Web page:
Shaw Theatre, London – until 22 October 2016
Sometimes when you review something, an instinct kicks in, is it going to be a marmite show? You either love it or hate it. So which side of the fence did I sit on with 27?
Synopsis – Hendrix, Joplin, Cobain, Morrison and Winehouse: all music legends whose lives were tragically cut short at 27. Orpheus (Greg Oliver) is a would-be rock star turned icon whose experiences of fame and notoriety lead him on a journey of unstoppable self-destruction. Another name for the list. At the tender age of 27. Another star, extinguished… “27”, featuring 13 musical numbers and a cast of 15, is a shattering exploration of the fragility of life and the unwitting connections that bind us together. With original lyrics and score, this rock musical serves up songs to die for and killer guitar riffs and will take you somewhere you probably didn’t think existed anymore.
You would be right in thinking it doesn’t sound like a tremendously happy story to base a production on. However it’s the mystery and engulfing darkness of this musical that strangely pull’s you in. Oliver takes the leading role of Orpheus who becomes damaged goods when he is exploited by the head of the record company also known throughout as Hedes (Ryan Molloy). What you witness is the creation of a group, a rise to fame and fortune. The Argonauts who are friends Max (Jack Donnelly) and Jason (Ryan Gibb) with frontman Orpheus. This story is cliched and stereotypical of your usual rise and falling stars. However it does explore the complexities of obsessive behaviour or rather what we all saw, in the self-destruction of stars such as Amy Winehouse and Janice Joplin. People who loved and cherished such huge talents, were powerless to stop, what everyone could see was inevitable and all at a such a young age 27.
Cassie Compton plays long-suffering, completely smitten girlfriend Amy to Oliver’s Orpheus. Petite Compton whose vulnerability is evident, leading her to extreme unhappiness. Her singing and acting powerfully strong, her unhappiness striking. Oliver as the lead gives every inch of a perfect performance his inner torment and torture, open and raw. Molloy as Hedes gives us a devilish act and his wide-eyed, unhinged extreme behaviour perfectly captured everyone’s vision of the demons within an addicts mind. A strong characterisation sometimes too uncomfortable to watch and very well performed. Donnelly and Gibb each play their individual roles well as does Lucy Martin as Ms M. Her scintillating, sinister and sexually charged performance had a simmering quality which gave you the feeling she would strike at any moment.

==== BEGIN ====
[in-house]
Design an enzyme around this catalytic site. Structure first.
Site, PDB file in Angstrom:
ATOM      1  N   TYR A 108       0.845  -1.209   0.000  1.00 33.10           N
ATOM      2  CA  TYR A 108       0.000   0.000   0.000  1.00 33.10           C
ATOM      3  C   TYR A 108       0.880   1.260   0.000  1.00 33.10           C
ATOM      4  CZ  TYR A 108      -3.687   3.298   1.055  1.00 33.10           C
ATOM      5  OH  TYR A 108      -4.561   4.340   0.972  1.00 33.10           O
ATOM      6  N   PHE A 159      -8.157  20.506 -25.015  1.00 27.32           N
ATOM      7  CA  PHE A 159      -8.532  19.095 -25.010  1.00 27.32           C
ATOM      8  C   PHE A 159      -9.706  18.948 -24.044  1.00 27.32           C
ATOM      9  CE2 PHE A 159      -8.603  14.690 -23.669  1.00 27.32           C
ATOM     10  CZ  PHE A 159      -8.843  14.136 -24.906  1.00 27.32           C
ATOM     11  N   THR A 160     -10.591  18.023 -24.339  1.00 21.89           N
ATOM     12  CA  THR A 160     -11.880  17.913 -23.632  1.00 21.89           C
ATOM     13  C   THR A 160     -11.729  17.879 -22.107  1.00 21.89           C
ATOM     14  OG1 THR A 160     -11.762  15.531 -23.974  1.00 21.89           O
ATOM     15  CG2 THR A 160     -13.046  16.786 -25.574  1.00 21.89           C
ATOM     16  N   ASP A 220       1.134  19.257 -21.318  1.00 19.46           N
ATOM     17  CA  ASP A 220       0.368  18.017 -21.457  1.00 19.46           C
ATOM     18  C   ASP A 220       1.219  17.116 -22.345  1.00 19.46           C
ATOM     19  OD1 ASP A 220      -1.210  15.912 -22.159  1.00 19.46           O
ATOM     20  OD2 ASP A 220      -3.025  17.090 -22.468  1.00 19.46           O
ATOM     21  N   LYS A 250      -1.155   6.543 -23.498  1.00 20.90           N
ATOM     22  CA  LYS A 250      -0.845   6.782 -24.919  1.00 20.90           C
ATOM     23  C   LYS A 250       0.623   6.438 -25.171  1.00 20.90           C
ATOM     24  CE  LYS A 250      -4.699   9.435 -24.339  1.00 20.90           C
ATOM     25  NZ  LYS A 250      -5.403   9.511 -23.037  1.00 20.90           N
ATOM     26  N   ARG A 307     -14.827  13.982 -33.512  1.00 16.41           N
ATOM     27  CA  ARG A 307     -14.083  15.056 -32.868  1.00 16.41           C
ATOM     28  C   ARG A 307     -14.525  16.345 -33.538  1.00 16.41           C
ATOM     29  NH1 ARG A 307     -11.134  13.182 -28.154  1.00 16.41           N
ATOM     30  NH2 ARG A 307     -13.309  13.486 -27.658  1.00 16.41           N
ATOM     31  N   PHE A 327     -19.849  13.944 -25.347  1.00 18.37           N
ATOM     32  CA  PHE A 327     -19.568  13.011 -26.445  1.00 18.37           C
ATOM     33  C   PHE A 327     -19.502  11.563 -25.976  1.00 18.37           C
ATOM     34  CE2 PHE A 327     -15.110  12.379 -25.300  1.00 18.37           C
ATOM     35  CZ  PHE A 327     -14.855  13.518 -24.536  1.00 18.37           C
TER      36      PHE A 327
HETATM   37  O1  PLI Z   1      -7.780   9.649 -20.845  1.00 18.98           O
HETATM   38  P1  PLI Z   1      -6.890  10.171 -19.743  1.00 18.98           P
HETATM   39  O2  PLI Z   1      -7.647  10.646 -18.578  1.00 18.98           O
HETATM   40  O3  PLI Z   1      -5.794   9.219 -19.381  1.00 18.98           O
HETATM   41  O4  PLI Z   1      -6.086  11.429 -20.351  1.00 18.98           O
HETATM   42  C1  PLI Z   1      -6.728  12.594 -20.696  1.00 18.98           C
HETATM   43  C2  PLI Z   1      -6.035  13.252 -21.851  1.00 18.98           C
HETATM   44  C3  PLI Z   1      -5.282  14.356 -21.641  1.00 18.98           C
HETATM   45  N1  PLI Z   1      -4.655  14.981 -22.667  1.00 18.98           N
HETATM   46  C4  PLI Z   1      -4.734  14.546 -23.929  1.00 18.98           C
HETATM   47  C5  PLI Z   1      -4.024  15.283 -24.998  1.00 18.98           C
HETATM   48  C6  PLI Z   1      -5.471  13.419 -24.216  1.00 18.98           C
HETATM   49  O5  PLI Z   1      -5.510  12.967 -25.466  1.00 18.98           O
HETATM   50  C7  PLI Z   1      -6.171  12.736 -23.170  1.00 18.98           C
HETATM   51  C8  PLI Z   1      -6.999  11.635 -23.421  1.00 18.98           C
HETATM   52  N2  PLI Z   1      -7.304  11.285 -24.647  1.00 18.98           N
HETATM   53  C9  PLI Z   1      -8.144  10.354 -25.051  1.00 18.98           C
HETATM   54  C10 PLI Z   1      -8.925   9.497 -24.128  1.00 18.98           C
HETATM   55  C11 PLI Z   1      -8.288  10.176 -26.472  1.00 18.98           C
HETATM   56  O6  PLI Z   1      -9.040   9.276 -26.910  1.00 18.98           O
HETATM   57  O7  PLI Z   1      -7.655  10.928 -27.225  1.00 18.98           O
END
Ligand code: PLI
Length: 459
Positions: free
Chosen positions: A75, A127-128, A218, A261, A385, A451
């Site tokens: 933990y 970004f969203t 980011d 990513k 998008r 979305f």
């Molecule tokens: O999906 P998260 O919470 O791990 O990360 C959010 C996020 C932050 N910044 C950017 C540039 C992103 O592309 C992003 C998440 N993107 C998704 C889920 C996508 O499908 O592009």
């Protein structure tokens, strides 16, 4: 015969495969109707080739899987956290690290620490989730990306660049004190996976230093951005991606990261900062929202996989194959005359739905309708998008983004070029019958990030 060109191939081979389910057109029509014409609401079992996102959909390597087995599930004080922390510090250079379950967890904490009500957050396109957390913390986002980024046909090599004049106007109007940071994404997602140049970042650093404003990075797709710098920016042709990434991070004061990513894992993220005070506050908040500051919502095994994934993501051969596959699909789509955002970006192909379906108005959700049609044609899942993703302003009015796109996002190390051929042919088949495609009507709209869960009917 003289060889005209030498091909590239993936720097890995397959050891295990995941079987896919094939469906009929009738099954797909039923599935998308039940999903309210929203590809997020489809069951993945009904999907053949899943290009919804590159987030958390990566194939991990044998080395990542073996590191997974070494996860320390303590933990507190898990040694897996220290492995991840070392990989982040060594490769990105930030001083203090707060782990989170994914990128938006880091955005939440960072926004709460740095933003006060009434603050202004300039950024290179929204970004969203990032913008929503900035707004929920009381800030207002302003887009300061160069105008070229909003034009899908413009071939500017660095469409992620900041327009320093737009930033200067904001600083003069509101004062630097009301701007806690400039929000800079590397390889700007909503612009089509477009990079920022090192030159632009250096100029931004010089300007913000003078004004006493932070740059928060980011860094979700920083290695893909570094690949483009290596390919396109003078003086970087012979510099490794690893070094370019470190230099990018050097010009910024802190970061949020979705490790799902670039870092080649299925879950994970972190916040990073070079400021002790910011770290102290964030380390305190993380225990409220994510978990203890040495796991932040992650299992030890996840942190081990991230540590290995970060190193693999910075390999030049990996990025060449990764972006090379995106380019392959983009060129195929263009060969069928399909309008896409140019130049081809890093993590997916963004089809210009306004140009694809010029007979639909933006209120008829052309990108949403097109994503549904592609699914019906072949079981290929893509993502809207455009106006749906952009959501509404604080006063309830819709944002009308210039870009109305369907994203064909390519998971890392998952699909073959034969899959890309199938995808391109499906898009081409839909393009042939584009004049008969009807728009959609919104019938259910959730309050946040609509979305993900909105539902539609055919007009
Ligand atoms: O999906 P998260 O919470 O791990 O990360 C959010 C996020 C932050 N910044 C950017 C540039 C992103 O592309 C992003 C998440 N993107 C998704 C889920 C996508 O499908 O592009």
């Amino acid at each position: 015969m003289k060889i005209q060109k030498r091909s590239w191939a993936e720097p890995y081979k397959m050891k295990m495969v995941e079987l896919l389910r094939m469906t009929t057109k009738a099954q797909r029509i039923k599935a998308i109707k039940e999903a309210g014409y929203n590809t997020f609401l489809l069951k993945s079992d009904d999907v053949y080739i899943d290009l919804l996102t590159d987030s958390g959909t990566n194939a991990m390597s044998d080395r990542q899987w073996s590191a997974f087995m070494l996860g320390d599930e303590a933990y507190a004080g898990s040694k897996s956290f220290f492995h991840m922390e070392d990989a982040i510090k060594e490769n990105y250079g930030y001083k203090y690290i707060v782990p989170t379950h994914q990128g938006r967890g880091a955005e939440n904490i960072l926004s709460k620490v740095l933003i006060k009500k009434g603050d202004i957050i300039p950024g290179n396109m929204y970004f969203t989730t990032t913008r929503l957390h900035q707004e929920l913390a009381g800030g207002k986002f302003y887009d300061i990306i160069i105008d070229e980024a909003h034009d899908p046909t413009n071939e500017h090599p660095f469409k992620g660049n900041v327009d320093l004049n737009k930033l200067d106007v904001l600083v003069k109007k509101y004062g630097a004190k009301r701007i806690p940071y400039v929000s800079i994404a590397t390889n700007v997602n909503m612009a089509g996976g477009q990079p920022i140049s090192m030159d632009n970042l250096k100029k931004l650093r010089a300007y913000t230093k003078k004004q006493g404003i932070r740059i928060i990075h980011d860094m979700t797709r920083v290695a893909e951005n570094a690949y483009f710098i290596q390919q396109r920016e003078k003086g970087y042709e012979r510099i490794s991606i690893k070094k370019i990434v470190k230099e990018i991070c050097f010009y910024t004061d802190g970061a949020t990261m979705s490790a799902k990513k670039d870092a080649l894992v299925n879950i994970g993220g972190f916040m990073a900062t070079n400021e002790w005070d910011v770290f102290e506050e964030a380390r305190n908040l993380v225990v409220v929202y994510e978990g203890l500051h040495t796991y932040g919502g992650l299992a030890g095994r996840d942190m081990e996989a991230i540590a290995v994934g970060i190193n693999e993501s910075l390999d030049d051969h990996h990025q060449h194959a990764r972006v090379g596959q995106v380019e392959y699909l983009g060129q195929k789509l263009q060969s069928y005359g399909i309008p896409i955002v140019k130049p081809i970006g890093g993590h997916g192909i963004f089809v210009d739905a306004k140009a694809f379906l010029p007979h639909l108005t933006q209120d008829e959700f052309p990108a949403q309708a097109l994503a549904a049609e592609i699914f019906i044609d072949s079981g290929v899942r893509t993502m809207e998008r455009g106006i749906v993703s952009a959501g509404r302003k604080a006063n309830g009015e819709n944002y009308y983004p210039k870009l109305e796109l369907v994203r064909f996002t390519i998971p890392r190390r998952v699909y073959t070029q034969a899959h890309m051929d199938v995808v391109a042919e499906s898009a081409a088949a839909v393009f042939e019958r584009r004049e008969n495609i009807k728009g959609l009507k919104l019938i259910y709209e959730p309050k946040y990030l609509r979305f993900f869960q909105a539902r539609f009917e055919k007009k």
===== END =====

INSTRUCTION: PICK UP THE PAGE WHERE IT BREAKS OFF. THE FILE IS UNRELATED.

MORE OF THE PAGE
This is a rock musical and in parts sounded a cross between Tommy and We Will Rock You as did some of the costumes. The choreography by Ryan-Lee Seager and Lucy Martin was slick, harsh and aggressive which suited the mood of this deadly dark show. It is therefore no surprise to me that it also had the hallmark of Arlene Phillips, who co-directed along with the writer Sam Cassidy. The music by Matt Willis is heavy based rock with guitar riffs galore and all beautifully musically directed by Matt Nalton.
Photo Credit Nick Ross
The set and lighting is an enormous rig for such a small space and made for an impossibly hot environment for cast and audience alike. In fact many of the performers were dripping with sweat which it could be said added to the intensity, but I found it a little distracting at times.
Returning to my original question of which side of the fence did I sit on – Well I enjoyed the evening and would encourage you to see it, if you enjoy rock music, creative dance and powerful vocals. However I’d urge you to wear as little as you can possibly get away with and then you will really get the full enjoyment of this new musical and its exploration into obsessive behaviour.
I can see that it could easily become a very addictive new musical!
“27” at The Cockpit
“Addictive New Musical”